Pros and Cons of Investing in Gold

Stock Markets are meant to be at their peak and many analyst believe we may be heading to a GFC number two. Any unexpected event could send the economy into a tailspin, resulting in a lot of lost money. Because of fluctuating prices, many people consider investing in gold or other precious metals, especially Asian markets whose share markets are plummeting right now.

Investing in gold may be a good option for some, but a terrible for others. Here are a few of the pros and cons of investing in gold so you can make an educated decision.

Pro: Gold is safer.  One of the most common reasons people invest in gold is because people think of it as an alternative currency. Gold is a valuable you store until you need it (like during a financial collapse). Gold will (most likely) never become worthless. While gold does lose value, it does recover and never loses so much that it is considered worthless.

Con: Banks are competition. Central banks started to gobble up gold purchases in 2010. The demand increased when newer economies were building a budget stockpile. The gold helped to diversity currency holdings. Recently, the demand has adjusted do adjusting currencies. Additionally, reports that the Federal Reserve would begin tapering, pulling in more capital, have made gold investments a bit less stable. Some financial experts even suggest that gold purchases will drop by over 30 percent this year.

Pro: Insurance against inflation.  One reason gold is such a popular option as an investment option is because of its value as an insurance against changing inflation rates. Inflation means you pay more for less and affects everything from gas prices to insurance, groceries and sales tax. Because inflation is relatively unpredictable and some people worry that the government will slowly devalue money, they choose to invest in gold. The idea that no one can create gold is what makes gold so valuable, which is also why people view it as a safer investment option than traditional stocks and bonds.

Con: No commercial use.  The biggest problem with gold is the lack of options for using it. Gold is heavy, difficult to transfer and it usually costs a bit of money to store it. Gold is actually considered a negative-yield investment because of ongoing costs, including insurance. Despite this negative attitude towards gold, investors consider it safe and thus use it as an insurance policy for portfolios.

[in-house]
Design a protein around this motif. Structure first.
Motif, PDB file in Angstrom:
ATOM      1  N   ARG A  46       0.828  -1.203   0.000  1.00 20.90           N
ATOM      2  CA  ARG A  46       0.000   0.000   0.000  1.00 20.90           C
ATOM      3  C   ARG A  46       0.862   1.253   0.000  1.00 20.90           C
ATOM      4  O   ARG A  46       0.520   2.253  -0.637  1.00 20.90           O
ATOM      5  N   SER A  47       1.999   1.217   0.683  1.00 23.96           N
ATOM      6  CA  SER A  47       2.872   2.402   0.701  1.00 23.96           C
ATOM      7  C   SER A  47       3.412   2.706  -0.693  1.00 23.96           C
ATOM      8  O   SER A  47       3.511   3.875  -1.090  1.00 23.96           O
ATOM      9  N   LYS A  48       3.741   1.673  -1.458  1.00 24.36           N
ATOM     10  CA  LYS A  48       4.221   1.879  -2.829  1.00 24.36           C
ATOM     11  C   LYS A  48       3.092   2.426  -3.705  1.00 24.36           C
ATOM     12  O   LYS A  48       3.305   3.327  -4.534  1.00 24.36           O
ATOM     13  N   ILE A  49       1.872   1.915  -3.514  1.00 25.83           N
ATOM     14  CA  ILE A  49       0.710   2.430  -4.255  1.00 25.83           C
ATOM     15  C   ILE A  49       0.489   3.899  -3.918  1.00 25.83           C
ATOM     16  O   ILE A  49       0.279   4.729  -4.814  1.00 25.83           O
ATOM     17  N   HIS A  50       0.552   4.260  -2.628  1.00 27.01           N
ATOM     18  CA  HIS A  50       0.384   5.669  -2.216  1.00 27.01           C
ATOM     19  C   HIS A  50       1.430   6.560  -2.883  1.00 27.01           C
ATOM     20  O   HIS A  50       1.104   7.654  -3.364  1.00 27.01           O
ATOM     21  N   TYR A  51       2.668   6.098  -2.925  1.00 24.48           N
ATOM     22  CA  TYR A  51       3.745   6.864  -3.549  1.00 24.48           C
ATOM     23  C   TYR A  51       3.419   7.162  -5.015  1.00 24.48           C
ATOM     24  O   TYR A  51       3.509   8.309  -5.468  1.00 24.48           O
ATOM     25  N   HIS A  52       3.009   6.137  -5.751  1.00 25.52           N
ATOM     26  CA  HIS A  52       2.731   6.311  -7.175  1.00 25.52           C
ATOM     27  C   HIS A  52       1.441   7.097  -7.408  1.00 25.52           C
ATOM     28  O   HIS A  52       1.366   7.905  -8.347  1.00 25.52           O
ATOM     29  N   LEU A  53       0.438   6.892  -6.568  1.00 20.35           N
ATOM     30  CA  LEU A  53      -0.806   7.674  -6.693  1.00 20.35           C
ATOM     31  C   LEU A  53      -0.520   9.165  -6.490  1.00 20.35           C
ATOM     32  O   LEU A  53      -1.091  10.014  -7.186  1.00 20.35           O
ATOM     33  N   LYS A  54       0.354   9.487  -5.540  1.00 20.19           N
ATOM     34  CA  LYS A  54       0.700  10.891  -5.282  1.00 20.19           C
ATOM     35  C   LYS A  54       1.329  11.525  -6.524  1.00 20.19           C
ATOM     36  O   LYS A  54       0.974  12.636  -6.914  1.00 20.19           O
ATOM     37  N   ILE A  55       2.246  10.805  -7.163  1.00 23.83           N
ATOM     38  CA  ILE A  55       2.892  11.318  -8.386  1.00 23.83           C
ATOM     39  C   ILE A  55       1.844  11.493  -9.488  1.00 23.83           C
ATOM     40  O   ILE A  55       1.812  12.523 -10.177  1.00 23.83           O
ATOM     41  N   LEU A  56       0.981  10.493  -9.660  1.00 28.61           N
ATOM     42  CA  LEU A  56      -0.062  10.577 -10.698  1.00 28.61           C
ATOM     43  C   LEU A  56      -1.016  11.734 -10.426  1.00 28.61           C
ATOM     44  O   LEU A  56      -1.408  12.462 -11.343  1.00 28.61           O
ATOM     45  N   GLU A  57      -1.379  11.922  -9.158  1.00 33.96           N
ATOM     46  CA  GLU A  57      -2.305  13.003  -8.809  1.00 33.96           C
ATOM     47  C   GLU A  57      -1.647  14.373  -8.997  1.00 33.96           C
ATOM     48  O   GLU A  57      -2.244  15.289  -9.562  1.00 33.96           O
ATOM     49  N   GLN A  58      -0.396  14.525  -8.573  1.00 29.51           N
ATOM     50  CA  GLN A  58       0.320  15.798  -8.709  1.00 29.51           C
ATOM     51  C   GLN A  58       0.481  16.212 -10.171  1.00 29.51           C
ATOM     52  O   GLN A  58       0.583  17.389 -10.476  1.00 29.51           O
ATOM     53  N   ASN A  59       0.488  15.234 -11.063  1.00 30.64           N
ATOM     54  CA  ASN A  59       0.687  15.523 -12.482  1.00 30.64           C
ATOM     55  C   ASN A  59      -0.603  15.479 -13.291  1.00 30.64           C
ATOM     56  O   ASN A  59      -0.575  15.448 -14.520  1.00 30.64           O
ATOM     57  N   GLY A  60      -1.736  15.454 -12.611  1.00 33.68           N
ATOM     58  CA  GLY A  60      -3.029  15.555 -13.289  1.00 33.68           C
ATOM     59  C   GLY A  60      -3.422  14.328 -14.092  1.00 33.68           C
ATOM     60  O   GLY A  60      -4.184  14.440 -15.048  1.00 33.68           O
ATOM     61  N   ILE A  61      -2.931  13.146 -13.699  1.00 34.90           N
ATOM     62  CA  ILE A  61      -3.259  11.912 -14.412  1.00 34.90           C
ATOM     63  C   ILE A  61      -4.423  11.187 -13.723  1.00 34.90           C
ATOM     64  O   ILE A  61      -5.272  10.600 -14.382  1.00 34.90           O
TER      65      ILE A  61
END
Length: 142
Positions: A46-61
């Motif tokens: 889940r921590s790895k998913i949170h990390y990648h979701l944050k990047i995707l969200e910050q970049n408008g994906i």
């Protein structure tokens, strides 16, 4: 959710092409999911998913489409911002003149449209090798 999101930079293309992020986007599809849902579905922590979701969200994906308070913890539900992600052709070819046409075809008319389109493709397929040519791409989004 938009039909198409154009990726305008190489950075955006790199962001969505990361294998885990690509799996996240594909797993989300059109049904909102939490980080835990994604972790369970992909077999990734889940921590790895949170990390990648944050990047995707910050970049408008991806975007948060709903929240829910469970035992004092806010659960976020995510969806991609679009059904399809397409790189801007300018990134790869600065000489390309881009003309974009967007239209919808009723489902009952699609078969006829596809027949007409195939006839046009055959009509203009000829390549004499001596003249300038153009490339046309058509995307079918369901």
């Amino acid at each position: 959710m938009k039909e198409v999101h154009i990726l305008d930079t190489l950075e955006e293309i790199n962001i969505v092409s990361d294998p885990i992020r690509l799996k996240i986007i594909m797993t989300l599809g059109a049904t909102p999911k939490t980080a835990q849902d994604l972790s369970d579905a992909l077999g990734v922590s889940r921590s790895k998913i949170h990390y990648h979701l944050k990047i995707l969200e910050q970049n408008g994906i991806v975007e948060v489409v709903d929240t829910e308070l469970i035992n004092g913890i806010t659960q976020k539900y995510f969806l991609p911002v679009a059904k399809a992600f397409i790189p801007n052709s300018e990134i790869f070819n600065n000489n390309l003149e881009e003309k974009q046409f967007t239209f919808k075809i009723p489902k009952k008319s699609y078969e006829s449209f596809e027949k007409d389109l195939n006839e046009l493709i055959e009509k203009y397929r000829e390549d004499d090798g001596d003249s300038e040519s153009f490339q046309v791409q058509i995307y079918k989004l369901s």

The lack of use for gold means you receive no income from gold investments, whereas you can earn healthy returns on stocks and bonds in a healthy economy.

Gold may be a safe investment, but only as insurance against a failing economy. Even under best of circumstances, gold is generally a better investment for individuals who already have a lot of money and just need extra insurance against a failing stock market. Individuals and families with lower to middle-income levels would likely fare better by investing in a money market account or stocks and bonds. While stock markets do rise and fall, over time your money will earn more money. If you purchase gold, all you have is the value of the gold.

Do you invest in gold or silver?

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1 Comment

  1. Jeremy Kwong-Law
    February 26, 2016 at 5:49 am — Reply

    interesting point about Central Banks buying up gold. I don’t really understand the true implication of this issue. If they stop buying, would demand for gold drop massively, hence pushing down price of gold?

    Bc since 2010, the Gold price has actually fallen a lot in USD terms. Does this mean Central Banks buying hasn’t had impact on price, or they actually helped stablise price? Not sure.

    Another interest consideration is that gold is a good asset to hold within a well diversified portfolio. It has a negative correlation to the sharemarket. So when the ASX is tanking, like in the last 3 months, Gold price tends to do well – Gold in AUD terms is up something like 18% since 1 Jan 2016

    Having gold protects the downside of the portfolio, although totally agree that in the long run, if you don’t care about short term fluctations, holding more stocks would give you a better return

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